The road to slavery is strewn with smug acceptors
One of the beauties of having moved to an effectively ex-directory satellite telephone number is that I no longer get calls from Bombay asking how I am today and would I be interested in some elk meat for Christmas. Now, I only answer the callers that have left messages, because corporate phone sales staff never leave messages.
As with most things techno these days, moving to a ‘better’ format is a mixed blessing. Yes, the download is faster on satellite and I no longer have to grind my teeth listening to Orange folks telling whoppers about my router being faulty. However, the computer has now got Alzheimers and doesn’t remember any of my wifi peripherals like mobiles, cameras and so forth. But, wading through this mire had identified a glitch in my Windows 10 software on the computer (imagine that) so perhaps as always some good comes from bad.
Hitech hardware/software marriages refusing to talk to other similar couples is a long-standing bugbear of mine. The chief objection I have is this desire to blame 100% of the others involved while accepting 0% of responsibility themselves. During an online chat to a WordPress geek called Zach the other night, I was given his definitive opinion that my download speed was poor, which was why (he claimed) I couldn’t get to my posting page. Subsequent comparisons on ookla speed-test proved this to be complete bollocks: the speeds achieved via Nordnet were among the highest in Europe. Equally, my new Epson printer blamed router error and internet server collapse for an ability to set itself up. Ironically, it missed the main culprit – my own Window 10 software.
Laying the blame elsewhere is a particularly unpleasant form of lying, because the perpetrator is obviously attempting to gain by so doing. Politicians are the leading exponents of this technique, but I am increasingly coming to the conclusion that, in 2015, they are hated not so much for breaking promises, but for passing off an unwritten immunity from prosecution for suppliers of consumer goods and services as ‘deregulation’. The current UK Conservative administration has little idea how much it is loathed for this mendacity, but the same is true of America under a supposedly Democrat President. Neither the British nor US media deign to interview Mr & Mrs Mainstreet, but if they did a great deal could be learned about the average voter’s frustration at not being able to exercise real control over the Zil laners.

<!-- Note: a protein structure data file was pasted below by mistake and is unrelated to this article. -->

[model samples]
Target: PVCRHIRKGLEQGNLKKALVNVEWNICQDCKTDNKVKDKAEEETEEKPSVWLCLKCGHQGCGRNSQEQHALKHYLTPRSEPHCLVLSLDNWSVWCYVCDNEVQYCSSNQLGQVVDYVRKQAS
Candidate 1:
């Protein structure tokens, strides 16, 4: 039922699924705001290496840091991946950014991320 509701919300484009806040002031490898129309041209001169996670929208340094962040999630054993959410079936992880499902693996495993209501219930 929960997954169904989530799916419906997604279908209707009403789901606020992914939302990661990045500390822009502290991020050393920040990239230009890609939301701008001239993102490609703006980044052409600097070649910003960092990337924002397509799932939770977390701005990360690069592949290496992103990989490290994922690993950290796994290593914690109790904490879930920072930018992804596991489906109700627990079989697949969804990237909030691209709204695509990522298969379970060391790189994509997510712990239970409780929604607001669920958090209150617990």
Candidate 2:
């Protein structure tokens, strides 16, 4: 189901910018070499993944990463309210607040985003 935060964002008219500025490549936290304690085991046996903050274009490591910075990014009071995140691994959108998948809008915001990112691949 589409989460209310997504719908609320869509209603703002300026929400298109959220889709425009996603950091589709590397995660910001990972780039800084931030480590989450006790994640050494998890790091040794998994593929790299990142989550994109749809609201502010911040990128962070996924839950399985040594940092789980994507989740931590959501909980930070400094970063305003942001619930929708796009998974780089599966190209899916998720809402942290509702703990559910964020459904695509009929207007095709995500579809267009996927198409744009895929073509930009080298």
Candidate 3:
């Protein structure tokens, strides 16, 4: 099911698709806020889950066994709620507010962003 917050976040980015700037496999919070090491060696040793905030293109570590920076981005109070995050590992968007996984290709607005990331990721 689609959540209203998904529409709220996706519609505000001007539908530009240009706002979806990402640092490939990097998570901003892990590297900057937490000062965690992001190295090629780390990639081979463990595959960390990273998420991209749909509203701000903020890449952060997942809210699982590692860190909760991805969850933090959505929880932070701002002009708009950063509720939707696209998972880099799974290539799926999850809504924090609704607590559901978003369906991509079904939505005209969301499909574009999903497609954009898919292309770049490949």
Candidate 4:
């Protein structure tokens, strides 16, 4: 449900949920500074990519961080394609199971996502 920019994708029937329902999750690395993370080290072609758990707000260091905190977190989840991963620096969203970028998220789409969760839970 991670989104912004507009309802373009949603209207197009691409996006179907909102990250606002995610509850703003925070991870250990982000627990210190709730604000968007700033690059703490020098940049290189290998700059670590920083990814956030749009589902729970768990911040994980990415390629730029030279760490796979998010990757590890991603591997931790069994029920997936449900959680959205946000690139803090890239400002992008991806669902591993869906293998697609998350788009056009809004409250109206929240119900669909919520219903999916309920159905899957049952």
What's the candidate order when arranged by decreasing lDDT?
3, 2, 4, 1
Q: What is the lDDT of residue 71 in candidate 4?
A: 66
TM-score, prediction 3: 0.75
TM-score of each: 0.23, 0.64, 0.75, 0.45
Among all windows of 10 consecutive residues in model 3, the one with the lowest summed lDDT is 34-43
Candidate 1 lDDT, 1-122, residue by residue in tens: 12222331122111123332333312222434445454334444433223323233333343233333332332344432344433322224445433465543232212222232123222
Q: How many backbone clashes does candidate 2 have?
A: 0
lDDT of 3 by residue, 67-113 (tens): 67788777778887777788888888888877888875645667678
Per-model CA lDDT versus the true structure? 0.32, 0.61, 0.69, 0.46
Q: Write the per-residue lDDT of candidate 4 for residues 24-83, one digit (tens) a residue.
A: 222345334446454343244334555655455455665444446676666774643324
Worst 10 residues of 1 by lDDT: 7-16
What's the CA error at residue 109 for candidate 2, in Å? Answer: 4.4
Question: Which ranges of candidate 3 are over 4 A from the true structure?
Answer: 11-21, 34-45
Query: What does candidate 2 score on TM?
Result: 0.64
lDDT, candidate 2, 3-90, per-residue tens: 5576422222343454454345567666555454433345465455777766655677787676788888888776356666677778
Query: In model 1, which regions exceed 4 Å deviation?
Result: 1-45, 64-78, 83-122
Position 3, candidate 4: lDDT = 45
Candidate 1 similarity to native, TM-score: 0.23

One striking element of this is the UK’s NOTA campaign from the Electoral Reform Society – that is, the desire to enshrine, as a voter right, the ability to write ‘None of the Above’ on the voting slip, without this being ludicrously recorded as a ‘spoilt ballot paper’.
If it were up to me, I’d take this right further, and give voters the right to rate each of the candidates in terms of relative unacceptability. One is reminded of the Tony Hancock episode The Blood Donor, in which he is asked – before giving blood – to tell the nurse if he has ever had any of the diseases on the clipboard she gives him.
“No,” Hancock replies, his feathers ruffled, “and especially not that one”.
The word deregulation has come, in contemporary Britain, to mean the bestowal of the right of the powerful to flagrantly disobey the law. Once this happens, the legally privileged get richer, and the impotent poor get poorer.
To get the privacy-invading rich globalists off my back, I have to pay money. To stop ISPs from lying to me about their screw-ups, I have to pay a premium price in order to enlist the assistance of an independent retail supplier. I wonder what price one will have to pay by 2020 for the right to switch off Big Brother’s cameras – purely there of course to protect us – while taking a dump.
Listen closely to what Theresa May and David Cameron are proposing about action against ‘extremists’. They are asking, in effect, for your permission to give them carte blanche to define what an extremist is. Judging by the Prime Minister’s Conference speech of earlier this week, before too long that definition is going to include the Leader of the constitutional Opposition.
It is a very small step from spelling Opposition with a capital or small ‘o’. And once that happens, there will be no defence at all against the invasion of your intimate privacy by the Corporate State.